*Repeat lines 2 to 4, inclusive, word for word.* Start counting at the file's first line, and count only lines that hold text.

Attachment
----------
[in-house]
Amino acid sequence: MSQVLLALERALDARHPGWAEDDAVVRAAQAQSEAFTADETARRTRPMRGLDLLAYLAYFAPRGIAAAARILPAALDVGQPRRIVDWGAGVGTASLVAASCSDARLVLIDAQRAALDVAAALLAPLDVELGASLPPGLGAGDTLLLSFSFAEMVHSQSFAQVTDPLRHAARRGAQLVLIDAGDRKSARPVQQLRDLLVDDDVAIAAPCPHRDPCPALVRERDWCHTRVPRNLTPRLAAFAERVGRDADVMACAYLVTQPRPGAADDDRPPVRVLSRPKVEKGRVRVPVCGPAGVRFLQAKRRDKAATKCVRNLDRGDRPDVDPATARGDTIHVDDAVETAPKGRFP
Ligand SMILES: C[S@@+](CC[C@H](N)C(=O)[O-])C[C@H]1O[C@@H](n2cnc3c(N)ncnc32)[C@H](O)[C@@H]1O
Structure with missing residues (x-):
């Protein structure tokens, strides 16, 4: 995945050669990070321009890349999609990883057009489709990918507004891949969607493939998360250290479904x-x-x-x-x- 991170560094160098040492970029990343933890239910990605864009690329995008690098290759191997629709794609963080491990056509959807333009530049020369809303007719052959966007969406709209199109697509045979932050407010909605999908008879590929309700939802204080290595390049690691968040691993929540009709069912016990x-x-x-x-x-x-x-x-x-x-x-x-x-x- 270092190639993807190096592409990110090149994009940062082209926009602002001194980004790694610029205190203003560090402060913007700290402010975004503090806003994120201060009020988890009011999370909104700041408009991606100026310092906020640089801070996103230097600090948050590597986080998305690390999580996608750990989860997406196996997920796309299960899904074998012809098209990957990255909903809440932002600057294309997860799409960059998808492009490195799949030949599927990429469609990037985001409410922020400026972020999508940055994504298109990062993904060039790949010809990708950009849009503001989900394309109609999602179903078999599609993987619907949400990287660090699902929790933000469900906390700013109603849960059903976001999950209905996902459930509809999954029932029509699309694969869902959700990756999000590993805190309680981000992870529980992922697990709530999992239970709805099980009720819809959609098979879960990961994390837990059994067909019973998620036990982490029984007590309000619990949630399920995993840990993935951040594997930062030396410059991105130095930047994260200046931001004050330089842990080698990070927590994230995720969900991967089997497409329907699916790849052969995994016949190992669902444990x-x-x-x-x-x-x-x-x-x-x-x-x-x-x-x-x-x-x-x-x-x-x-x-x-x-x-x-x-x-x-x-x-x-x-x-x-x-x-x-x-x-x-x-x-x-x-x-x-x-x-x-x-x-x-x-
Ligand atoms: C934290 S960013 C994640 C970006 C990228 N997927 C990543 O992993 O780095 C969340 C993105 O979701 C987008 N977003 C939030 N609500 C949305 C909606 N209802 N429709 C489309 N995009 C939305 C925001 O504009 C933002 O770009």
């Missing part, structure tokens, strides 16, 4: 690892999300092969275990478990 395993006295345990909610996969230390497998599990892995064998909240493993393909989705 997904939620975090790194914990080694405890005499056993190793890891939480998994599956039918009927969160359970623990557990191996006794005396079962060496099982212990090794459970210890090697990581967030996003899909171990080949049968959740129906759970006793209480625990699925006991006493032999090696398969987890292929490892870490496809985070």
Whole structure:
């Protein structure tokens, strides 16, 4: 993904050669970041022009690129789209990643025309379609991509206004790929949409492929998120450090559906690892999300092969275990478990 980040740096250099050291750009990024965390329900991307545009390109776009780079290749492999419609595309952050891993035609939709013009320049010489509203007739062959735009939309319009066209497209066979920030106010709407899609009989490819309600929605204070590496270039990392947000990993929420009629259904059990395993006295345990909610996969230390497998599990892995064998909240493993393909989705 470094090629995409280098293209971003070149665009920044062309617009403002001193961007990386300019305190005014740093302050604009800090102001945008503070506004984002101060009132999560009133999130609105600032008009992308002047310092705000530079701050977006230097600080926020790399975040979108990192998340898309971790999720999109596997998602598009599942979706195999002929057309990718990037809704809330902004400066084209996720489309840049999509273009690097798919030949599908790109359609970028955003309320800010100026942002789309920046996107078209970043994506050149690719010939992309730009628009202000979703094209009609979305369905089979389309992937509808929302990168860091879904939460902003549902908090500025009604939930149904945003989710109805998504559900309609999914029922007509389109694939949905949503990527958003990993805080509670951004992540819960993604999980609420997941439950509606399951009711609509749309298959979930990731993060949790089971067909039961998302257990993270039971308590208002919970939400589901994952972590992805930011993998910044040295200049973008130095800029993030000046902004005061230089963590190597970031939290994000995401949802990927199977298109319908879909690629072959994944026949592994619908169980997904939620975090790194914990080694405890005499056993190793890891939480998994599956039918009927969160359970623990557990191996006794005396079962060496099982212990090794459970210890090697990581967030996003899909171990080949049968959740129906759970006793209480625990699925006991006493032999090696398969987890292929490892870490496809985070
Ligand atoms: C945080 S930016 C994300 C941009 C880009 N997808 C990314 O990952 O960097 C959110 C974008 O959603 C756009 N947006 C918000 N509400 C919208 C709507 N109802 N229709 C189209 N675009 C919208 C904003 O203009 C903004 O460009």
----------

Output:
Amino acid sequence: MSQVLLALERALDARHPGWAEDDAVVRAAQAQSEAFTADETARRTRPMRGLDLLAYLAYFAPRGIAAAARILPAALDVGQPRRIVDWGAGVGTASLVAASCSDARLVLIDAQRAALDVAAALLAPLDVELGASLPPGLGAGDTLLLSFSFAEMVHSQSFAQVTDPLRHAARRGAQLVLIDAGDRKSARPVQQLRDLLVDDDVAIAAPCPHRDPCPALVRERDWCHTRVPRNLTPRLAAFAERVGRDADVMACAYLVTQPRPGAADDDRPPVRVLSRPKVEKGRVRVPVCGPAGVRFLQAKRRDKAATKCVRNLDRGDRPDVDPATARGDTIHVDDAVETAPKGRFP
Ligand SMILES: C[S@@+](CC[C@H](N)C(=O)[O-])C[C@H]1O[C@@H](n2cnc3c(N)ncnc32)[C@H](O)[C@@H]1O
Structure with missing residues (x-):